Happy Mother’s Day
Happy Mother’s Day to you! Happy Mother’s Day to you! Happy Mother’s Day dear Mom! Happy Mother’s Day to you! ok yes it’s a little late but this episode with Young’s Farm is definitely dedicated to my amazing Mom organic gardener, healthy eater and environmental advocate!
was founded in 1892 as a result of a marriage between the Youngs and the Hegemans (the farm is located on Hegeman’s Lane). Currently the 4th and 5th generation of the Youngs Family operate and manage the business. Formerly a wholesale operation, we now sell nearly everything we produce out of our farm stand on site. Our store specializes in selling both our own and local produce, as well as house made pies, breads, cookies, muffins and biscuits. Additionally we produce a variety of house made soups, savory pies and quiches and a series of jams and preserves. Finally, we carry a series of carefully selected grocery, gift items and traditional candy.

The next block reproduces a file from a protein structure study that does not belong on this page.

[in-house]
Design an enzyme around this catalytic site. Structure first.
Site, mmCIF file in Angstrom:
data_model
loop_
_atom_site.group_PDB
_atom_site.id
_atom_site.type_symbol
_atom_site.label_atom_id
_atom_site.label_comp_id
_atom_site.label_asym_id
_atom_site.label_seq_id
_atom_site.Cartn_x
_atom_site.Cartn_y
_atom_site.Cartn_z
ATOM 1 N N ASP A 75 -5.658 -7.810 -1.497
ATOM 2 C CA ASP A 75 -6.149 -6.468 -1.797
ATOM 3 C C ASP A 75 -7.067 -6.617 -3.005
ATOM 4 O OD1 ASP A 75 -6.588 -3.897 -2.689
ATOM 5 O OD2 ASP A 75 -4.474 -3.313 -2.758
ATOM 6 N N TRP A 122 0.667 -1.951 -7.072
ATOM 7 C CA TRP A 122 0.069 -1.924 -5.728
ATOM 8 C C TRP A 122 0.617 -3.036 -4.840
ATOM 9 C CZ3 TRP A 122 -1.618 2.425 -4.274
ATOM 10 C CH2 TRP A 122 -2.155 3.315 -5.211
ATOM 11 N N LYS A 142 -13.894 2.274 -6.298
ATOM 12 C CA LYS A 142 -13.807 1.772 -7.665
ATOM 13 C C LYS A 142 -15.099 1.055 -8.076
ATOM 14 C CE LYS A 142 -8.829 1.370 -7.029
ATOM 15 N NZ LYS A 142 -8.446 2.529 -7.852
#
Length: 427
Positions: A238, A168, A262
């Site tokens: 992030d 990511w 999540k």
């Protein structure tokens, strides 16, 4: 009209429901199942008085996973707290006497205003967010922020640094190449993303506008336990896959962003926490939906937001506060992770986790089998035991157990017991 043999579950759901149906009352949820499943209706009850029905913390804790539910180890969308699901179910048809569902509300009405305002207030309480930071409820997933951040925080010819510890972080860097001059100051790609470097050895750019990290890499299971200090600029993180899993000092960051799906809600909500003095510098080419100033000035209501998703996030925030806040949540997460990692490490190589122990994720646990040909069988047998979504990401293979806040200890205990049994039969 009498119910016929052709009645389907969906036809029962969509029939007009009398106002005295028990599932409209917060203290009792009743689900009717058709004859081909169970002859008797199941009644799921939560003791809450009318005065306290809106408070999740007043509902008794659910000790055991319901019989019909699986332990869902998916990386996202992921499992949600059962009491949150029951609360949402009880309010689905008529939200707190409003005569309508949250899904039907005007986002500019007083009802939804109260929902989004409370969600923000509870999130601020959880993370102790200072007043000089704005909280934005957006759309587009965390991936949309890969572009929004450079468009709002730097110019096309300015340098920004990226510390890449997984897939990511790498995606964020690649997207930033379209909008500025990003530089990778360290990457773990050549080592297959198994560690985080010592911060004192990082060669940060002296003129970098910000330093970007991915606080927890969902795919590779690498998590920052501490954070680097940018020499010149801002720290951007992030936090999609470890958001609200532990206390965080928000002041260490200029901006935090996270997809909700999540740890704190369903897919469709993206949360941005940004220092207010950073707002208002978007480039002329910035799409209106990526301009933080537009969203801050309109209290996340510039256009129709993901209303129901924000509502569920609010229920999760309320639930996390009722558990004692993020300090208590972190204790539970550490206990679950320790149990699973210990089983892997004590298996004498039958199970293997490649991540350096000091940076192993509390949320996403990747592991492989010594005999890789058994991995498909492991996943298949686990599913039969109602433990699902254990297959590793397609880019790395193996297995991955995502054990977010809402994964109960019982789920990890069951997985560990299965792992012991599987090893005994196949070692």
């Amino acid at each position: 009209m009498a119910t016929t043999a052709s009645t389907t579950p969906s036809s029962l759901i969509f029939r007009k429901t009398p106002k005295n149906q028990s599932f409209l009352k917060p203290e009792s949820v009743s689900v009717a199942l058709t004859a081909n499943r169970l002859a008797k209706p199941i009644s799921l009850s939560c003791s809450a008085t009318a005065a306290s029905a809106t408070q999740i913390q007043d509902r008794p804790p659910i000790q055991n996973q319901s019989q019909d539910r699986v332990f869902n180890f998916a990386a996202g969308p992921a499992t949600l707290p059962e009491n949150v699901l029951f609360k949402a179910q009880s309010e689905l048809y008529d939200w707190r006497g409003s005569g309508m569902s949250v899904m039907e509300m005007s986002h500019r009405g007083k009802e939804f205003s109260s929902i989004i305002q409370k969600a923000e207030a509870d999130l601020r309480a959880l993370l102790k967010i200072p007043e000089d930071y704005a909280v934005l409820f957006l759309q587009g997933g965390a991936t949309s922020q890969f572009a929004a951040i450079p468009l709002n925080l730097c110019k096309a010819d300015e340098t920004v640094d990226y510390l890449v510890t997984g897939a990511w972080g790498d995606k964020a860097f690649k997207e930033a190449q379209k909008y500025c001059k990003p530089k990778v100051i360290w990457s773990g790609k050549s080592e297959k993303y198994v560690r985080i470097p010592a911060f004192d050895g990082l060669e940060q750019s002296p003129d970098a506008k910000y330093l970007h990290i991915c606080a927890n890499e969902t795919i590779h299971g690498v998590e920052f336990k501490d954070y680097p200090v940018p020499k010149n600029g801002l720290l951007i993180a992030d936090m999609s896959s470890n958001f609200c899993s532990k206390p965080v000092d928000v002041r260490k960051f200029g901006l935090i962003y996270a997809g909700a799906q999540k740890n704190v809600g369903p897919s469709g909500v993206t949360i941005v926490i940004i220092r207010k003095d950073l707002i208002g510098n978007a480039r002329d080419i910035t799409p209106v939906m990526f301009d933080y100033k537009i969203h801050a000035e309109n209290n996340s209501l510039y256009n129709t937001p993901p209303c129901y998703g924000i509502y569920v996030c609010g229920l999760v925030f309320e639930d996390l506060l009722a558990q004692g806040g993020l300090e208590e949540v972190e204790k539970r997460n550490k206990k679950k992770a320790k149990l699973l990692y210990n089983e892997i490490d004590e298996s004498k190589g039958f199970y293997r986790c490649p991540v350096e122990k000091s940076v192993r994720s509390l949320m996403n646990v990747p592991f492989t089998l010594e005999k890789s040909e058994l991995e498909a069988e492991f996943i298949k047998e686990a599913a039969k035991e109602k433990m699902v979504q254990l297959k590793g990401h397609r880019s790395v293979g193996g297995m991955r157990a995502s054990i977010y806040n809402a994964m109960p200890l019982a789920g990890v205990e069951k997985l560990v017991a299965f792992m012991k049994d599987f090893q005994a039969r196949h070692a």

Our farm stand sells produce – both our own and from other Long Island farms. We also sell our baked goods and prepared foods, soups, dips, quiches and pot pies. The stand features a carefully chosen selection of groceries, gifts and housewares which rotate seasonally.
Tuesday to Saturday – 10am to 5pm ‧ Sunday – 11am to 4pm ‧ Closed Mondays
91 Hegemans Lane ‧ Old Brookville NY 11545
516-626-3955 ‧ email@example.com
Aidan And Tim
I am so thrilled because my mom has been begging me to get them on the podcast because I have been there many times and it’s a place that’s near and dear to my heart.
Tell us a little about yourself.
Young’s farm is a family farm
it’s been in the same location since 1892. I work with my wife.